[iii] V. Cicil. (2019). Growth: From microorganisms to megacities. The MIT Press.
[iv] E. Elhacham et al. (2020). Global human-made mass exceeds all living biomass. Nature Vol 588
[v] E.S. Brondizio et al. (2019). Global assessment report on biodiversity and ecosystem services of the Intergovernmental Science - Policy Platform on Biodiversity and Ecosystem Services. IPBES secretariat, Bonn
[vi] UNEP/ CMS. (2020). CMS to Present Preliminary Review of the Conservation Status of Migratory Species. UNEP Secretariat. Available at: https://www.cms.int/sites/default/files/CMS%20COP%2013%20Conservation%2…
[vii] R.E. Almond et al. (2020). Living Planet Report 2020 - Bending the curve of biodiversity loss. WWF, Gland
[viii] J. Nandi. (2018). Number of Indian species in endangered list going up. Hindustan Times.
[ix] SoIB 2020. State of India’s Birds, 2020: Range, trends and conservation status. The Soil Partnership.
[x] Secretariat of the Convention on Biological Diversity. (2020). Global Biodiversity Outlook 5. Montreal.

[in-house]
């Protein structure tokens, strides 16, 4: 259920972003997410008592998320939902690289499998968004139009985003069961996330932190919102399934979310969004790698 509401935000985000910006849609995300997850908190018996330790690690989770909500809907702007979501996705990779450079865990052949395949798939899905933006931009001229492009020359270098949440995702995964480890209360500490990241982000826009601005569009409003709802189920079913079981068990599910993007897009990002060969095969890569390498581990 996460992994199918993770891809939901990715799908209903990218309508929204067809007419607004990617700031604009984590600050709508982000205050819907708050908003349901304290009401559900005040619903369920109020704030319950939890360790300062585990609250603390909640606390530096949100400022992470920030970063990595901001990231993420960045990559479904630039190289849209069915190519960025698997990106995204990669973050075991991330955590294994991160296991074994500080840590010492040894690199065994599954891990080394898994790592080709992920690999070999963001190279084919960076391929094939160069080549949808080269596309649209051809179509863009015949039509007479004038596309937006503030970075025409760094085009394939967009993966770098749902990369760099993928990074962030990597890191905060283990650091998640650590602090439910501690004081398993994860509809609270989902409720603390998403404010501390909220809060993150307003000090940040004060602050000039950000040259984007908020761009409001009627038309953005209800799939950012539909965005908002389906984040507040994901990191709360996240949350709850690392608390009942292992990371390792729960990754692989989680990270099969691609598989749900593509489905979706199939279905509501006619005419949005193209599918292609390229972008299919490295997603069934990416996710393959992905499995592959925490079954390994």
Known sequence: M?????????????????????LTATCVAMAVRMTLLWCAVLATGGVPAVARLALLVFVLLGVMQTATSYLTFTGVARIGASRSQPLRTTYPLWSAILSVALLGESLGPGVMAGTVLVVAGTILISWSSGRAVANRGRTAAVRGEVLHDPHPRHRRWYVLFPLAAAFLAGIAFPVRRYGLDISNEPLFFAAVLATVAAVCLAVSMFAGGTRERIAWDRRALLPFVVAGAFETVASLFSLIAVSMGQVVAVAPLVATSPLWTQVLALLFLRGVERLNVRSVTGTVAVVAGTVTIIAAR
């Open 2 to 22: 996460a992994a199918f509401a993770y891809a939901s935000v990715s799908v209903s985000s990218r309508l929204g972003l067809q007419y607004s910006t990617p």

[xi] Ministry of Environment, Forest and Climate Change. (2018). Sixth National Report for the Convention on Biological Diversity. Government of India
[xiii] K.D. Prathapan. (2018). When the cure kills – CBD limits biodiversity research. Science Vol. 360, Issue 6396, pp. 1405-1406
[xiv] A. Jojan. (2018). Critiquing Narrow Critiques of Convention on Biological Diversity. Economic and Political Weekly Vol lII no 16 44
[xv] N.A. Mungi et al. (2020). Expanding niche and degrading forests: Key to the successful global invasion of Lantana Camara (sensulato). Global Ecology and Conservation Vol 23
[xvi] IUCN. (2019). A post-2020 target on invasive alien species (IAS).
[xvii] Ministry of Environment, Forest and Climate Change. (2018). Sixth National Report for the Convention on Biological Diversity. Government of India
[xviii] Ministry of Environment, Forest and Climate Change. (2018). India submits Sixth National Report to the Convention of Biological Diversity (CBD). Government of India
[xix] L. Jishnu. (2015). Reluctant funding, Down to Earth
[xx] World Health Organisation and the Secretariat of the Convention on Biological Diversity. (2020). Biodiversity & Infectious Diseases: Questions & Answers.
[xxii] C. Bhushan. (2020). Zoonotic diseases are rife this century: Globalised world requires global code of conduct to overcome this threat. The Times of India